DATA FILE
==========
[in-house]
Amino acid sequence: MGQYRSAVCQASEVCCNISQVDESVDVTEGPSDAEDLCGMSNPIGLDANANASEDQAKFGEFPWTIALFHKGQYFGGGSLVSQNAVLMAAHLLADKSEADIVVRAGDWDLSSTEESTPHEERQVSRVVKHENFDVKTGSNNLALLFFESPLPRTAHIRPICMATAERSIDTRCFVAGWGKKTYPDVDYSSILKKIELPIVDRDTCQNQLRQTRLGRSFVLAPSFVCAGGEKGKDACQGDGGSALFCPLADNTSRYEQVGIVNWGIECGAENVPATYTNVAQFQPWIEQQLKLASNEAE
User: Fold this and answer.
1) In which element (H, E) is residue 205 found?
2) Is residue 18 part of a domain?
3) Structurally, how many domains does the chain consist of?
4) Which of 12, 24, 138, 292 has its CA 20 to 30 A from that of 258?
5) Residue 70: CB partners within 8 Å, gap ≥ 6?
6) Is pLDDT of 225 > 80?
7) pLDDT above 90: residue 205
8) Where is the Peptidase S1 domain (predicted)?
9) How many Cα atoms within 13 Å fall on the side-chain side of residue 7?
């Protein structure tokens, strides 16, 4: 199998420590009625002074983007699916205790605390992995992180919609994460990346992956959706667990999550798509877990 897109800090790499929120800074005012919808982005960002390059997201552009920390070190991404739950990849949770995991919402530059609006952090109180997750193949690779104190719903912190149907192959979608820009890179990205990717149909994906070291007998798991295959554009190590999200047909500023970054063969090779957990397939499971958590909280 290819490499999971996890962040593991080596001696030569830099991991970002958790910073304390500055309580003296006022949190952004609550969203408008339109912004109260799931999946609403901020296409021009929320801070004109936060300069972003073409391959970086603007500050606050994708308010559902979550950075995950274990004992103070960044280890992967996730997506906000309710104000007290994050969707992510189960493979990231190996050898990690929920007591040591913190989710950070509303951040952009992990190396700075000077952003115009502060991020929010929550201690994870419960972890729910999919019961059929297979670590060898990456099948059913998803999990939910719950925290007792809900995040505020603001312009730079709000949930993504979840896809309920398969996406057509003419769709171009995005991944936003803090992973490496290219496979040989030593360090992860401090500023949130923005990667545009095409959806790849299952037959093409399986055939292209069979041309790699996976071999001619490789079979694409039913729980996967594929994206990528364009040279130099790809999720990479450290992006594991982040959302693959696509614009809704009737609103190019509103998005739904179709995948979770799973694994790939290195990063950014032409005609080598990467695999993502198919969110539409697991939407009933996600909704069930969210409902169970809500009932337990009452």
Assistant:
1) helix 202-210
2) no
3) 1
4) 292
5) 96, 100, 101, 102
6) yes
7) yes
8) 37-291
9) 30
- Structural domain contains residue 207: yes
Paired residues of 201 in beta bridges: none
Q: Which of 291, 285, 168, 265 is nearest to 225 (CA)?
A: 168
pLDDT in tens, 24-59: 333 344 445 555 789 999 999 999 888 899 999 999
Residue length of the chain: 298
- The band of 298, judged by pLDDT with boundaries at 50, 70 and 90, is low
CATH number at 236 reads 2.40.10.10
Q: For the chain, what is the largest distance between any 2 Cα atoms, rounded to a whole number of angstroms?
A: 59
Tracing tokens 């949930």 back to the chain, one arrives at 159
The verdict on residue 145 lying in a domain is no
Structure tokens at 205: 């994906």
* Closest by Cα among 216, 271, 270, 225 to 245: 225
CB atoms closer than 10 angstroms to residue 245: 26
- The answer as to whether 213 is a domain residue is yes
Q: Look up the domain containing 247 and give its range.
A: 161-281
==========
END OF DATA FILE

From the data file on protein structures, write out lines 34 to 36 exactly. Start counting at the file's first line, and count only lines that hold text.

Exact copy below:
Tracing tokens 């949930």 back to the chain, one arrives at 159
The verdict on residue 145 lying in a domain is no
Structure tokens at 205: 């994906």